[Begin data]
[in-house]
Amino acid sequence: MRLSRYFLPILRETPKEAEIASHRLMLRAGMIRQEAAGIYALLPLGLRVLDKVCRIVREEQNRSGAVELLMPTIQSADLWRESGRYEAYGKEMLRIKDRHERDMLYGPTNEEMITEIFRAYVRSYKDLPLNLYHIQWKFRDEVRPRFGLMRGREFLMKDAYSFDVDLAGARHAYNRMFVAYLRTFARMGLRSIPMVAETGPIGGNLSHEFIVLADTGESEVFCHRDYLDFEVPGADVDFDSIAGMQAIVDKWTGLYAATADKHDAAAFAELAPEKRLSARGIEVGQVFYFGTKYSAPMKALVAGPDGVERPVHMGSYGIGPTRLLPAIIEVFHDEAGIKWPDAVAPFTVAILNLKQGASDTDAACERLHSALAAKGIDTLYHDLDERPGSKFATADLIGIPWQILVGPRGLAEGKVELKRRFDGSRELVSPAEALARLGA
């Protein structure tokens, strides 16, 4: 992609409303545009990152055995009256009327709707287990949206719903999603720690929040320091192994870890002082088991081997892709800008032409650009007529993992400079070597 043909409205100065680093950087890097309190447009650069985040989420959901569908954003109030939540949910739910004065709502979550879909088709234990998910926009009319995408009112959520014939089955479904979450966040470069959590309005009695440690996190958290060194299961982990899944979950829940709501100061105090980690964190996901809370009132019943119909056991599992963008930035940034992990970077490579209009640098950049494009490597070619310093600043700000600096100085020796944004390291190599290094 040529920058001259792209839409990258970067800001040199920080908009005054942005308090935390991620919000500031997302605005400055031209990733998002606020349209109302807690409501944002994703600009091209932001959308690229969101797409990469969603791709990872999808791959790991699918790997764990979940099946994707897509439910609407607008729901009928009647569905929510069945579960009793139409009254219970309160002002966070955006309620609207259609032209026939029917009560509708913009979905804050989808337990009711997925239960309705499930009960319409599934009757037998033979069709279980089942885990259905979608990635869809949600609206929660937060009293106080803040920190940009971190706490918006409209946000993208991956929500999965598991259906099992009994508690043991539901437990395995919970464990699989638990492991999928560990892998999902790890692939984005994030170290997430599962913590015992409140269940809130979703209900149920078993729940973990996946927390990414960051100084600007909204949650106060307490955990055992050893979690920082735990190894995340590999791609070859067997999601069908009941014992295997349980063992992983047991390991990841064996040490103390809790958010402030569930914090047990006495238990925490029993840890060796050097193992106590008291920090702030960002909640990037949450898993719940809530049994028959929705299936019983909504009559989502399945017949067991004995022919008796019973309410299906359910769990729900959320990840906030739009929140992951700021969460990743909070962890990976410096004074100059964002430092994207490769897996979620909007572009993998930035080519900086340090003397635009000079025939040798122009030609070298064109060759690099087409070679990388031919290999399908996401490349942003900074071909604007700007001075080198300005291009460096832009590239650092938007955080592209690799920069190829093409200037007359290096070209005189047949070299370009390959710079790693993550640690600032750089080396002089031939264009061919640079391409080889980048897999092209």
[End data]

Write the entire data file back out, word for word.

[in-house]
Amino acid sequence: MRLSRYFLPILRETPKEAEIASHRLMLRAGMIRQEAAGIYALLPLGLRVLDKVCRIVREEQNRSGAVELLMPTIQSADLWRESGRYEAYGKEMLRIKDRHERDMLYGPTNEEMITEIFRAYVRSYKDLPLNLYHIQWKFRDEVRPRFGLMRGREFLMKDAYSFDVDLAGARHAYNRMFVAYLRTFARMGLRSIPMVAETGPIGGNLSHEFIVLADTGESEVFCHRDYLDFEVPGADVDFDSIAGMQAIVDKWTGLYAATADKHDAAAFAELAPEKRLSARGIEVGQVFYFGTKYSAPMKALVAGPDGVERPVHMGSYGIGPTRLLPAIIEVFHDEAGIKWPDAVAPFTVAILNLKQGASDTDAACERLHSALAAKGIDTLYHDLDERPGSKFATADLIGIPWQILVGPRGLAEGKVELKRRFDGSRELVSPAEALARLGA
């Protein structure tokens, strides 16, 4: 992609409303545009990152055995009256009327709707287990949206719903999603720690929040320091192994870890002082088991081997892709800008032409650009007529993992400079070597 043909409205100065680093950087890097309190447009650069985040989420959901569908954003109030939540949910739910004065709502979550879909088709234990998910926009009319995408009112959520014939089955479904979450966040470069959590309005009695440690996190958290060194299961982990899944979950829940709501100061105090980690964190996901809370009132019943119909056991599992963008930035940034992990970077490579209009640098950049494009490597070619310093600043700000600096100085020796944004390291190599290094 040529920058001259792209839409990258970067800001040199920080908009005054942005308090935390991620919000500031997302605005400055031209990733998002606020349209109302807690409501944002994703600009091209932001959308690229969101797409990469969603791709990872999808791959790991699918790997764990979940099946994707897509439910609407607008729901009928009647569905929510069945579960009793139409009254219970309160002002966070955006309620609207259609032209026939029917009560509708913009979905804050989808337990009711997925239960309705499930009960319409599934009757037998033979069709279980089942885990259905979608990635869809949600609206929660937060009293106080803040920190940009971190706490918006409209946000993208991956929500999965598991259906099992009994508690043991539901437990395995919970464990699989638990492991999928560990892998999902790890692939984005994030170290997430599962913590015992409140269940809130979703209900149920078993729940973990996946927390990414960051100084600007909204949650106060307490955990055992050893979690920082735990190894995340590999791609070859067997999601069908009941014992295997349980063992992983047991390991990841064996040490103390809790958010402030569930914090047990006495238990925490029993840890060796050097193992106590008291920090702030960002909640990037949450898993719940809530049994028959929705299936019983909504009559989502399945017949067991004995022919008796019973309410299906359910769990729900959320990840906030739009929140992951700021969460990743909070962890990976410096004074100059964002430092994207490769897996979620909007572009993998930035080519900086340090003397635009000079025939040798122009030609070298064109060759690099087409070679990388031919290999399908996401490349942003900074071909604007700007001075080198300005291009460096832009590239650092938007955080592209690799920069190829093409200037007359290096070209005189047949070299370009390959710079790693993550640690600032750089080396002089031939264009061919640079391409080889980048897999092209």